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Death Spiral Watch: Few Younger Enrollees in KY Obamacare Exchanges

Death Spiral Watch: Few Younger Enrollees in KY Obamacare Exchanges

Newly available numbers from Kentucky show the majority of people who have enrolled on the state exchange are older than anticipated by the Obama administration. This could spell problems down the road for the Affordable Care Act if the ratios of young to old persist into next year.

The numbers released yesterday by the Kentucky Cabinet for Health and Services show a total of 1,695 people enrolled are between the ages of 18-34. The number enrolled between the ages of 35-64 is 6,336. That means 19 percent of enrollees in Kentucky–where website issues have not significant hindered signing up–are the coveted “young invincibles.”

One of the core concept behind the President’s health reform law is that young and generally healthier individuals are mandated to buy insurance. Because they tend to pay in more than they use in services, insurers are able to offer a better deal to older, sicker individuals. But making this balancing act work requires that enough younger people sign up.

This ratio of younger enrollees to older ones has been called “a key metric for judging whether the health care law is successful” by the Washington Post’s Sarah Kliff. The administration believes it needs 2.7 million of the expected 7 million first year enrollees to be between the ages of 18-35 for the policy to work. However, when it released enrollment figures for the first time last week, the administration did not include a breakdown by age.

If the percentage of young people enrolled is greater than 38 percent, the program will be flush with cash and insurers could wind up sending money to the government and cutting premiums in the future. If, on the other hand, the percentage of “young invincibles” is too low, the government, through provisions already in the law, will be on the hook for the extra expense and premiums would spike next year.

Because Kentucky has been largely a success when it comes to implementing the law it makes a good case study for how things might look if not for the botched website rollout. What we see so far is that the critical ratio of older to younger enrollees is about 4:1 rather than 3:2. Put another way, Kentucky is at 19 percent young and healthy rather than 38 percent.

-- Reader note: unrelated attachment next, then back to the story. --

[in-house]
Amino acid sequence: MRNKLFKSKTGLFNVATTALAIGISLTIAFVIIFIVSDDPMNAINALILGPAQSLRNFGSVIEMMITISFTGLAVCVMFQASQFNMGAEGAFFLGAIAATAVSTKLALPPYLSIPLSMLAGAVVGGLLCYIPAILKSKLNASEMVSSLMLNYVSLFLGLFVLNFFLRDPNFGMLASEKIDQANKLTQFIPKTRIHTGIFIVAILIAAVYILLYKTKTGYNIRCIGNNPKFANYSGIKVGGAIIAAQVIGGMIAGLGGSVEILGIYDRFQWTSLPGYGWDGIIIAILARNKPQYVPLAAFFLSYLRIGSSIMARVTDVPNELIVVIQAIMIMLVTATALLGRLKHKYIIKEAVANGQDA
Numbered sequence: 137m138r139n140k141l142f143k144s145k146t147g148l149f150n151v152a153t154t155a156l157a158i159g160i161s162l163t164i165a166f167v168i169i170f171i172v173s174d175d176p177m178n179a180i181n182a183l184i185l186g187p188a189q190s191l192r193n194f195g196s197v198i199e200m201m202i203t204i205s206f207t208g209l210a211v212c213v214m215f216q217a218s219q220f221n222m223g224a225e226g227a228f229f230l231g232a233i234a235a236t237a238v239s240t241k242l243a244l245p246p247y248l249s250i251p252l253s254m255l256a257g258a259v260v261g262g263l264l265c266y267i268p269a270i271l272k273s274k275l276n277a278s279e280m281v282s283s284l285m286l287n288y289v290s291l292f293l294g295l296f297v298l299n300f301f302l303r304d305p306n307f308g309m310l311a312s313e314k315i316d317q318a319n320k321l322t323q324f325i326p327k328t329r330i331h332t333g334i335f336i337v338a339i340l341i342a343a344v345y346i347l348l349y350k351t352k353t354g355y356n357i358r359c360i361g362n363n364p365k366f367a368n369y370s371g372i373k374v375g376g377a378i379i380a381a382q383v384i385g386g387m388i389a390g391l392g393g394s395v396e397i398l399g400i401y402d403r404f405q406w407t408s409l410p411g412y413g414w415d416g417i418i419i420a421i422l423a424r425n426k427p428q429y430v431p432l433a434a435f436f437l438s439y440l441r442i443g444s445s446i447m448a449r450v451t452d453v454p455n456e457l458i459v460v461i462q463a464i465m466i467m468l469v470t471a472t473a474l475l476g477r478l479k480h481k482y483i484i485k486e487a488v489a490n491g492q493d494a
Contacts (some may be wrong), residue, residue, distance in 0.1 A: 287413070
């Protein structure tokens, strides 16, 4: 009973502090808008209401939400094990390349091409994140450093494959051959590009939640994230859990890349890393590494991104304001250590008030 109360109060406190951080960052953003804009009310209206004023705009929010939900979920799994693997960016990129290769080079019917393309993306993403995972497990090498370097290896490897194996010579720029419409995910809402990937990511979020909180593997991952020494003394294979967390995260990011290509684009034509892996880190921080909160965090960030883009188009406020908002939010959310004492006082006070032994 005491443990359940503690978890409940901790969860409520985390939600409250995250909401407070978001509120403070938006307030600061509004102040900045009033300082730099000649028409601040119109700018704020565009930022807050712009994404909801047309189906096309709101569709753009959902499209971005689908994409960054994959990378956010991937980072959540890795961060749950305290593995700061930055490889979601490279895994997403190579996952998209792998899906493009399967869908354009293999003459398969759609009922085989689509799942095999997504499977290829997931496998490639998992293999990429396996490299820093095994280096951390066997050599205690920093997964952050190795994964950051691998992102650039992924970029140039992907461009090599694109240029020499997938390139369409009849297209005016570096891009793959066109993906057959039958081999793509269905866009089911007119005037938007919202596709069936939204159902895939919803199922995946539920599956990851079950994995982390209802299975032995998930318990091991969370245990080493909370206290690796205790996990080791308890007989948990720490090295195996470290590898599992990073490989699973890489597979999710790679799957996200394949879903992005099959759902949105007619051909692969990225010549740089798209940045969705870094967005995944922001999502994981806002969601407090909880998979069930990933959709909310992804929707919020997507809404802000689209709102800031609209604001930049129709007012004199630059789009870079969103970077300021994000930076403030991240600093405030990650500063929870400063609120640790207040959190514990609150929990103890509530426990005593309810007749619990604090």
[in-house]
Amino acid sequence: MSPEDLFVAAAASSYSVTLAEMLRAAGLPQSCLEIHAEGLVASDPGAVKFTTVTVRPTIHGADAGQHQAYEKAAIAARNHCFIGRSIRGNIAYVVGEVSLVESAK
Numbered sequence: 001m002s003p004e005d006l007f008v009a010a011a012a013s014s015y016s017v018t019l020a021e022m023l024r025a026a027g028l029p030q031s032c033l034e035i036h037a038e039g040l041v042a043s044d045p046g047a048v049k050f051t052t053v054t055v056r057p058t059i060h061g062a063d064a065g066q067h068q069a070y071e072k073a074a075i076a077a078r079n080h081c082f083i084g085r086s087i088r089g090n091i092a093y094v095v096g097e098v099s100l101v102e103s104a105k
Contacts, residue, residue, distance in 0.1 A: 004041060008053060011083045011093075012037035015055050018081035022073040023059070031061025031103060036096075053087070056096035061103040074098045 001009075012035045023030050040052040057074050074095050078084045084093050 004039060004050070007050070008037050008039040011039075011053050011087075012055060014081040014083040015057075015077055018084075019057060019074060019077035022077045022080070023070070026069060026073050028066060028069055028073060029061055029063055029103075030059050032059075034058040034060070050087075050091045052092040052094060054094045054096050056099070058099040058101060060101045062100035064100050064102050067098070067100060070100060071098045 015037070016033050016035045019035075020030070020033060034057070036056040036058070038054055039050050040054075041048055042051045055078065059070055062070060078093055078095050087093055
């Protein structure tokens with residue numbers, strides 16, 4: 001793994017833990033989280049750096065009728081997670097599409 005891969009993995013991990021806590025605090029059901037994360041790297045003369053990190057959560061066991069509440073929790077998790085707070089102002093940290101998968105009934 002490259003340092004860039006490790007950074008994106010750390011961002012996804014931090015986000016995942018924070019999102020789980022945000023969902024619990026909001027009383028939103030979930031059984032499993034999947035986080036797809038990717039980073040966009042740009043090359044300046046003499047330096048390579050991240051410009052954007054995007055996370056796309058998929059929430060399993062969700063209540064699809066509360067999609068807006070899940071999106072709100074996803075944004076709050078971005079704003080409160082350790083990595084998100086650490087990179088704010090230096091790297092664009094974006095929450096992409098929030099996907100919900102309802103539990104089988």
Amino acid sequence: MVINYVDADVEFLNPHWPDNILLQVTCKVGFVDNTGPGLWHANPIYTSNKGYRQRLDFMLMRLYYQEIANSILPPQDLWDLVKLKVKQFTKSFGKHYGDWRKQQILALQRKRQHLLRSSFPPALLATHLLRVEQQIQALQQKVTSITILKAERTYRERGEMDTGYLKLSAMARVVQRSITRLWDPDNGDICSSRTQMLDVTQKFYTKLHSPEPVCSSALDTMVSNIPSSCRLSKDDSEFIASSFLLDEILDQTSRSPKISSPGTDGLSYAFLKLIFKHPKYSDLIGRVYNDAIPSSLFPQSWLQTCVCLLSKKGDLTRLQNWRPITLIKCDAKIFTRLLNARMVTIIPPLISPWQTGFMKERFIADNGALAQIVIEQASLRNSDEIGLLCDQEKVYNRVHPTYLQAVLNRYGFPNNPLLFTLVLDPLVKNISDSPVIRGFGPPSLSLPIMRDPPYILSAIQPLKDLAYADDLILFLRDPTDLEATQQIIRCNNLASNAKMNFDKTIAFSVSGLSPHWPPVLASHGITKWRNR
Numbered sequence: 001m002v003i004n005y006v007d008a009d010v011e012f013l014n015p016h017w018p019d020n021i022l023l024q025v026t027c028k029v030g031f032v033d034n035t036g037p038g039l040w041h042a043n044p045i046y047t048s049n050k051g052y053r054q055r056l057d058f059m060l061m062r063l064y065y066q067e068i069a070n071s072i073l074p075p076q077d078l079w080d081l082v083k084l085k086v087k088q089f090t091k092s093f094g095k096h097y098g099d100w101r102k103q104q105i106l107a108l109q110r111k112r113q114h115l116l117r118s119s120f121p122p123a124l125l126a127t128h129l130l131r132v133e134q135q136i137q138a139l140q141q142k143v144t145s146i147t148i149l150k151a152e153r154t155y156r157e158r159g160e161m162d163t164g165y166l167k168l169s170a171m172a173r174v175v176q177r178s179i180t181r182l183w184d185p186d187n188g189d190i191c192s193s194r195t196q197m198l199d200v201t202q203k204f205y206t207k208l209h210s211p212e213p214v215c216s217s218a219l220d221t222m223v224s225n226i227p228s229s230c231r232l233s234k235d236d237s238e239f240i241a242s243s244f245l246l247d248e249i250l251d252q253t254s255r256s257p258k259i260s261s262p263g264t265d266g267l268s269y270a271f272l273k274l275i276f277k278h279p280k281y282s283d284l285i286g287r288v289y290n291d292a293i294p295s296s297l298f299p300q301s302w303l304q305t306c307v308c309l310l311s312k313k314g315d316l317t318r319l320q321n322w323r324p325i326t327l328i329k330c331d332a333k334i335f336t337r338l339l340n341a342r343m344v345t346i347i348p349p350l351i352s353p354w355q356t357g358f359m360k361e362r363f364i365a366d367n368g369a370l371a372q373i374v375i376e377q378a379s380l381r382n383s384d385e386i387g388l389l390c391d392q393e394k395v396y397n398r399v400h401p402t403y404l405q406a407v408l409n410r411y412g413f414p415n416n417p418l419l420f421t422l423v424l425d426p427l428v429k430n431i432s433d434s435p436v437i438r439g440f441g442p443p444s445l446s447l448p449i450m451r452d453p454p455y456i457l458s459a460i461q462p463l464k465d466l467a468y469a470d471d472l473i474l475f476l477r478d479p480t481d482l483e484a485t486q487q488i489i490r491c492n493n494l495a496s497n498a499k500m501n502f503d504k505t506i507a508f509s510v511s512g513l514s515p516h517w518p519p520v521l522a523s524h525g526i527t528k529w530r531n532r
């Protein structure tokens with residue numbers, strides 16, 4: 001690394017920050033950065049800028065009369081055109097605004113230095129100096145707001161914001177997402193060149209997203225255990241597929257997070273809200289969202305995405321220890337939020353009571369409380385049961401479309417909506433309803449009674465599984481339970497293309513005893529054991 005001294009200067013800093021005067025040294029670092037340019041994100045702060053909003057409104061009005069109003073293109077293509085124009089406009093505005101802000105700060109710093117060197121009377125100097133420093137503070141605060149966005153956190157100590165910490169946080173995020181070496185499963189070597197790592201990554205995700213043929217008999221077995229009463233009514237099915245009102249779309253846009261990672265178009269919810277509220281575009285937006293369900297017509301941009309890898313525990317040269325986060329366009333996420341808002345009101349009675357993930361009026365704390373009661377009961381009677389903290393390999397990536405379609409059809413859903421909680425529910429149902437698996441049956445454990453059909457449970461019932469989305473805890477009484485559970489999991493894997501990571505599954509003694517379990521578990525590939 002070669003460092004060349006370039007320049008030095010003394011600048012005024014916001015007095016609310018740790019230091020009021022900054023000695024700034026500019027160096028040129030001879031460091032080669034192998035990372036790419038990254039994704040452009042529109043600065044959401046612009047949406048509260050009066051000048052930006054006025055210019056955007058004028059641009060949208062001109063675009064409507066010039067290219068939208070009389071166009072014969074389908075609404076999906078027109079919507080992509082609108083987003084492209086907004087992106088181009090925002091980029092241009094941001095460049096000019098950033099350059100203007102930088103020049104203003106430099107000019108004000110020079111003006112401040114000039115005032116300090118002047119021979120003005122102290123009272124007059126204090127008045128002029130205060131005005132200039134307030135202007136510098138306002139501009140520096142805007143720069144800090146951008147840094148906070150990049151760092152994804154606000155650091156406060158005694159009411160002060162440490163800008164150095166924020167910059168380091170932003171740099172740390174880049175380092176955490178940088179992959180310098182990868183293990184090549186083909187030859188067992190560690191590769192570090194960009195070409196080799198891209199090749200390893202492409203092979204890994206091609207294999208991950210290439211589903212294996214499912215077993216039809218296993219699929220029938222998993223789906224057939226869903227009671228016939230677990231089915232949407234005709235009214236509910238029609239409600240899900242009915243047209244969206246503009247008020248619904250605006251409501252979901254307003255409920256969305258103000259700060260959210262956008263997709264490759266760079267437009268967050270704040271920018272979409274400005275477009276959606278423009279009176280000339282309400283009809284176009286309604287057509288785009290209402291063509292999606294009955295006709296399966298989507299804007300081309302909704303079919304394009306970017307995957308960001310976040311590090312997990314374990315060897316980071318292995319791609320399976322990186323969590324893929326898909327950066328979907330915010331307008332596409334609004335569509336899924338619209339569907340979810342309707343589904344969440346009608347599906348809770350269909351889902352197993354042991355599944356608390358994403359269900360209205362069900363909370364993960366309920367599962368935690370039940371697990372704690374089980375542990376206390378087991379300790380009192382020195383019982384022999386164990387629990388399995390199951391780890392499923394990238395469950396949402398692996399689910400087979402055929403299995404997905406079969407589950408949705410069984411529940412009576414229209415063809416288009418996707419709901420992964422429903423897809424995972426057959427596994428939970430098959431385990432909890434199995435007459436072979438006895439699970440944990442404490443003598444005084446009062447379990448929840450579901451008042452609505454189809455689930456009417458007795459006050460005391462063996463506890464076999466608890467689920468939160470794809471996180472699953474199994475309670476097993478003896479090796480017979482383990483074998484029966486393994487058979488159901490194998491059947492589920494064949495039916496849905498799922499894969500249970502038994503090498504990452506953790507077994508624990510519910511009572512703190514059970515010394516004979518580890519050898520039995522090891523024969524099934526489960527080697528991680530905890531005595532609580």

The spokesperson for the Kentucky Cabinet for Health and Services was eager to point out that 18,848 people have been found eligible for a subsidy so far, though only a portion of them have enrolled in a plan. This may mean there are lots of young folks still sitting on the sidelines thinking about what to do. If so, the ratio could go up as we approach the Dec. 15th deadline for insurance coverage beginning next year.

I asked if there was a breakdown by age available for the large group of people who have been judged eligible for a subsidy but have yet to enroll. I was told Kentucky does not keep those numbers. So for the moment there is no way to know what the numbers (and therefore the percentage of 18-34 year olds) might be in the near future.

There is a common sense argument to be made that young and healthy individuals will be the last to sign up while older and sicker folks would be the first to do so. So it’s reasonable to expect the percentages will go up as people who don’t feel much need for insurance sign up at the last minute. But, again, no one knows how many will do so or if it will be enough. All we can say now, six weeks in, is that a state not significantly hampered by federal website problems is performing well below where it needs to be by March.

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